Society for Industrial Archeology Oliver Evans Chapter presents
Guided Tour of AECOM’s I-95 Archaeology Center – Indigenous Ancestors, Immigrants and Industry
DATE: Saturday, April 9, 2022 TIME: 1:30 PM
Located just north of Center City Philadelphia in the popular Fishtown neighborhood, the I-95 Archaeology Center is the temporary working laboratory and public-outreach venue for AECOM’s ongoing I-95 Girard Avenue interchange Improvement Project. The project area extends for three miles through the ancestral lands of the Lenape (Delaware) people, later settled largely by immigrants who brought diverse cultures to the growing industrial Delaware River waterfront. Approximately one and a half million artifacts dating from 6500 B.C. to the early twentieth century have been recovered thus far. The Center’s interpretive exhibits explore change over time through the material culture of everyday life, the archaeology of local industries and their products, and more.
LOCATION: The Center is located at 900 E. Columbia Avenue, Philadelphia, PA 19125. This is across N. Delaware Avenue from Penn Treaty Park. The Center is on the corner of Columbia Avenue and Allen St. On-street parking should be available on Saturday.
BY BUS: Take SEPTA Route 43 Bus to Delaware and Columbia Avenues, then a 2 minute walk.
NOTE: Participants must provide evidence of Covid vaccination and wear a Covid mask.
Space is limited to 30 participants.
REGISTRATION: Call Tom Brady at 215-518-8038 or e-mail at firstname.lastname@example.org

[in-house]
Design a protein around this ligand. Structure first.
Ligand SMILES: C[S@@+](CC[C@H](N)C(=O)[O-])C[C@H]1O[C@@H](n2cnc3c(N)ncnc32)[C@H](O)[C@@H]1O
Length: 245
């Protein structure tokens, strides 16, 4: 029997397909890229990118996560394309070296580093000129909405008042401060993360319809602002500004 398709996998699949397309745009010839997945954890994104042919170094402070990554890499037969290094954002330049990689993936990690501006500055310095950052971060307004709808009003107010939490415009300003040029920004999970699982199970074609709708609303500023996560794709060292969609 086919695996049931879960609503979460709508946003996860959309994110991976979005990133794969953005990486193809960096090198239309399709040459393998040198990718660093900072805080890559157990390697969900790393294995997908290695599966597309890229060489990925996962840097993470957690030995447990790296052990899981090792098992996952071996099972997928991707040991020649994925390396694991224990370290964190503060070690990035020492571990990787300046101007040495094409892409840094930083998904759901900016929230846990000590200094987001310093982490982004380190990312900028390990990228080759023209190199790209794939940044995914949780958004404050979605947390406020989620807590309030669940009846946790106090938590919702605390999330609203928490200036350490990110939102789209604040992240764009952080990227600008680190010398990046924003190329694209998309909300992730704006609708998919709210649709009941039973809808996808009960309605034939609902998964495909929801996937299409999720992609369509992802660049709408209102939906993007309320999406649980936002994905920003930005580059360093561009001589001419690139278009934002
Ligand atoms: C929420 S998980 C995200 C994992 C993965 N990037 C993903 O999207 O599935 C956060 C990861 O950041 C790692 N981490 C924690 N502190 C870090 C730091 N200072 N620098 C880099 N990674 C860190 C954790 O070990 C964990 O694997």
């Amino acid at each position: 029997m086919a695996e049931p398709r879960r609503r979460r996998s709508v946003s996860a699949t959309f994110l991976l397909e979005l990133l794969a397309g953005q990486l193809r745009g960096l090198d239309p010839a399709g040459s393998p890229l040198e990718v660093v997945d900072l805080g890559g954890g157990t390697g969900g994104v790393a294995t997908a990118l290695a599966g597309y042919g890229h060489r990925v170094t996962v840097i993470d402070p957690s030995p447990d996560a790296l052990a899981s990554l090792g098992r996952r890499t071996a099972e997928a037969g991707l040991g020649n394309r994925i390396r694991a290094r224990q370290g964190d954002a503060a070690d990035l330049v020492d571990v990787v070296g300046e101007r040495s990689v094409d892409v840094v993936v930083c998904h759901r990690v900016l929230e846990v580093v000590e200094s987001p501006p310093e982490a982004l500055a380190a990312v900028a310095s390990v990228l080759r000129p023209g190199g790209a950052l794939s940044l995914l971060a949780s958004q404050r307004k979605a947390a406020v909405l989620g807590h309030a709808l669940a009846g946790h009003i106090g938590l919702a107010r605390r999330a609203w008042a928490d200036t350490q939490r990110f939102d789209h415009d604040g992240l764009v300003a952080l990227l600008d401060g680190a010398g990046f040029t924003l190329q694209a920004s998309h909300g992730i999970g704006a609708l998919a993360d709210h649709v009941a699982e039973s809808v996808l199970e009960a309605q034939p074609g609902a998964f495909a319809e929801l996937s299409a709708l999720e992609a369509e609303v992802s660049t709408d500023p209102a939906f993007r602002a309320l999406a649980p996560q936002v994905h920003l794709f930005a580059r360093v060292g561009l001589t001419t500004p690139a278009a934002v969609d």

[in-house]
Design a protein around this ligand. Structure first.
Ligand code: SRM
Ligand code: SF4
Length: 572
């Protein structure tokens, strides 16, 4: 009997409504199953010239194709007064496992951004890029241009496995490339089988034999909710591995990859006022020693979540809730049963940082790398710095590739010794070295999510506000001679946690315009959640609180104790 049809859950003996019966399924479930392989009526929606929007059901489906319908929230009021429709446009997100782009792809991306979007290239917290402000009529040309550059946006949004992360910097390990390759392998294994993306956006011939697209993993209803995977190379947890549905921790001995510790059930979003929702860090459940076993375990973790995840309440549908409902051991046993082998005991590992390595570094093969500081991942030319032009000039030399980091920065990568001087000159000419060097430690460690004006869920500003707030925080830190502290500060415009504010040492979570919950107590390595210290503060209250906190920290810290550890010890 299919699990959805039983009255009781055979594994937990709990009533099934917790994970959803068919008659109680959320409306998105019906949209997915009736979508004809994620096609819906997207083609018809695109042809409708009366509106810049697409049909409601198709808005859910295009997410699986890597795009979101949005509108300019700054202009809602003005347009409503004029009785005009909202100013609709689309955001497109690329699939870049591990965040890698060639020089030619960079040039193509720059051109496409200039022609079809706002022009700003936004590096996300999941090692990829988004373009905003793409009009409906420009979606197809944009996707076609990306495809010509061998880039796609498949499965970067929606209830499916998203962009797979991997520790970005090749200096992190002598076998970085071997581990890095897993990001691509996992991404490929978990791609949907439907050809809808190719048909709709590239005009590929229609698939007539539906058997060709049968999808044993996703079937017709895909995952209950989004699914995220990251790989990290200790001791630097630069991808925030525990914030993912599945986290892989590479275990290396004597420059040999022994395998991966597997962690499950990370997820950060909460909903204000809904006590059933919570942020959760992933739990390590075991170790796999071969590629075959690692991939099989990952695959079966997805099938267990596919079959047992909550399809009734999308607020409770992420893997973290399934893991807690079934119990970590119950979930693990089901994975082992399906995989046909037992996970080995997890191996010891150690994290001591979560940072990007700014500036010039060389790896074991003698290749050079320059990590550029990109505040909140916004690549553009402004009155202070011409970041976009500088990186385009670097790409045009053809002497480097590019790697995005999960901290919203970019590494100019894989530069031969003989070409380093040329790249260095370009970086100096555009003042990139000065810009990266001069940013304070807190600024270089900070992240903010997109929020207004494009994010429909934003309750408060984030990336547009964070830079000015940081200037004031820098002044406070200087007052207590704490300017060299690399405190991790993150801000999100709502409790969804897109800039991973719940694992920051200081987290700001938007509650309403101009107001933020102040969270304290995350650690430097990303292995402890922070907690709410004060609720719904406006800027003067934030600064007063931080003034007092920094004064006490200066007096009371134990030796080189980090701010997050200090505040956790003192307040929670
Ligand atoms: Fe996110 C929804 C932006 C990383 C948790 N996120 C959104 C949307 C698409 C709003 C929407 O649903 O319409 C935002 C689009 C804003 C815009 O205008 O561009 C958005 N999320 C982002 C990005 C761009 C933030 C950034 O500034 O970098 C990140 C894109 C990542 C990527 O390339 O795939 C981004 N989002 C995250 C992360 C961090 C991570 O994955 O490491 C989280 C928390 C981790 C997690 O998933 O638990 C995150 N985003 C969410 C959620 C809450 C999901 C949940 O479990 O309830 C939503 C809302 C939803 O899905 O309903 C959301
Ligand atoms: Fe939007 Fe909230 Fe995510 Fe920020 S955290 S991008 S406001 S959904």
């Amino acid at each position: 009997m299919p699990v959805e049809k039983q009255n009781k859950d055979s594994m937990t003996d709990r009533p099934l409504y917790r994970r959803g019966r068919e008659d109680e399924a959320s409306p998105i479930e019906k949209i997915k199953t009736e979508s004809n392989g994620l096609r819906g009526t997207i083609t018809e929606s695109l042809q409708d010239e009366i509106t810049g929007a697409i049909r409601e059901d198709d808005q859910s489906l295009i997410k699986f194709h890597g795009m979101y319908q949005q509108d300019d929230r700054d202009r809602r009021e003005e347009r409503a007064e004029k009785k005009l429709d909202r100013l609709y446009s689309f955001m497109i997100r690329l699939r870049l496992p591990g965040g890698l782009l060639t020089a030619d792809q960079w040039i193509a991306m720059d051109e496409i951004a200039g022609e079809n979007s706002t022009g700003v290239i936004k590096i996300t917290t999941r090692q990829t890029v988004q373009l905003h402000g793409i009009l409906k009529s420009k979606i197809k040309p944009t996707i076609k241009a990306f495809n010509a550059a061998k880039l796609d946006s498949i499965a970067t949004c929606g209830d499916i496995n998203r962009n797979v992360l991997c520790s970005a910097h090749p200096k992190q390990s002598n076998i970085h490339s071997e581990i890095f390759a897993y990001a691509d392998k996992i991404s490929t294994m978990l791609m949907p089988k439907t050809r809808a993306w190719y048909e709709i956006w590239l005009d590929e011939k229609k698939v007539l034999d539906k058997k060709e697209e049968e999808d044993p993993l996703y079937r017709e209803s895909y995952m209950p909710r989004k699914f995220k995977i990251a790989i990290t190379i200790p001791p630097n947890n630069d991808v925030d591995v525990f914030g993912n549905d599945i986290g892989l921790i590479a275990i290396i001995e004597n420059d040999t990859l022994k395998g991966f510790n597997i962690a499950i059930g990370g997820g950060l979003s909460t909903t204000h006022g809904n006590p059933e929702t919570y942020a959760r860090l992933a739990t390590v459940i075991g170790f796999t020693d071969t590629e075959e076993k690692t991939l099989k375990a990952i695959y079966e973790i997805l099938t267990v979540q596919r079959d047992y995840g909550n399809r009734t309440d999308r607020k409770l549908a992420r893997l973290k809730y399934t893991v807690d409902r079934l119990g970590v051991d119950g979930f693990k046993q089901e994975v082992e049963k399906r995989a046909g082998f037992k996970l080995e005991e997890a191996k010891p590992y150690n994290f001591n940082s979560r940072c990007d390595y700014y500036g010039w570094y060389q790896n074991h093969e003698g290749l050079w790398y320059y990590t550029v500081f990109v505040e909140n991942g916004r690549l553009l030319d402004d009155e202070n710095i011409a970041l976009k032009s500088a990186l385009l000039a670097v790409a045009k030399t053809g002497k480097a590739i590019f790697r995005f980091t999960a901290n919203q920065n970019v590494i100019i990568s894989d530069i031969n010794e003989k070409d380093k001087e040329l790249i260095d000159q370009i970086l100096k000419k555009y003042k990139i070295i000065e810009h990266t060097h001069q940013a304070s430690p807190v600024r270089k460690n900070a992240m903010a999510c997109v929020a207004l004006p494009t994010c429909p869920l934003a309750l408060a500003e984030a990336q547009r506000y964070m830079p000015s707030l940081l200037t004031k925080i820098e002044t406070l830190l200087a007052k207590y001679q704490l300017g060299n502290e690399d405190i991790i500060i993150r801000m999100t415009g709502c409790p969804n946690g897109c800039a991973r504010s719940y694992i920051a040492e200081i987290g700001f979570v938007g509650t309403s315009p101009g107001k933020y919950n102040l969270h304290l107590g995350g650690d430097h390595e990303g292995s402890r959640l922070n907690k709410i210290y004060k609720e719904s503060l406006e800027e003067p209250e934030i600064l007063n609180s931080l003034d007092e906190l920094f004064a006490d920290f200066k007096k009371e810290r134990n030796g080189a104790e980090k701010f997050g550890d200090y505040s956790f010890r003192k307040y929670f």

South Street History Museum Exhibits on Display March 5th 12th, 19th, 26th , 12 noon to 6 pm
Joel Spivak has been involved with South Street for many years; he has lived in the area since 1969. That’s when he became involved in documenting its history and collecting artifacts related to its commercial and communal activities.
The collection has been exhibited in a number of places. In 1974 the first display was at 337 South Street and was featured in the Philadelphia Magazine August issue. There was also a walking tour, “From Headhouse to Levis’ – South Street’s Unique Contribution to American History.”
Joel contacted the Historical Society of Pennsylvania concerning preservation of fragile objects. The society was impressed with the collection and its excellent documentation detailed in tags and dates. They agreed to take over the housing and curating the collection. Unfortunately the Historical Society gave up their collections, turning over the South Street materials to the Atwater Kent where some of it was exhibited. And now that institution is no more and the collection made before 1990 is in storage.
However, Joel never stopped his documenting and collecting and the new materials can be seen on display at the South Street History Museum which has opened again to the public.
The South Street History Museum now at 523 South 4th Street will be moving again so the current display can only be seen on Saturdays in March 2022. The hours are 12 noon until 6 pm.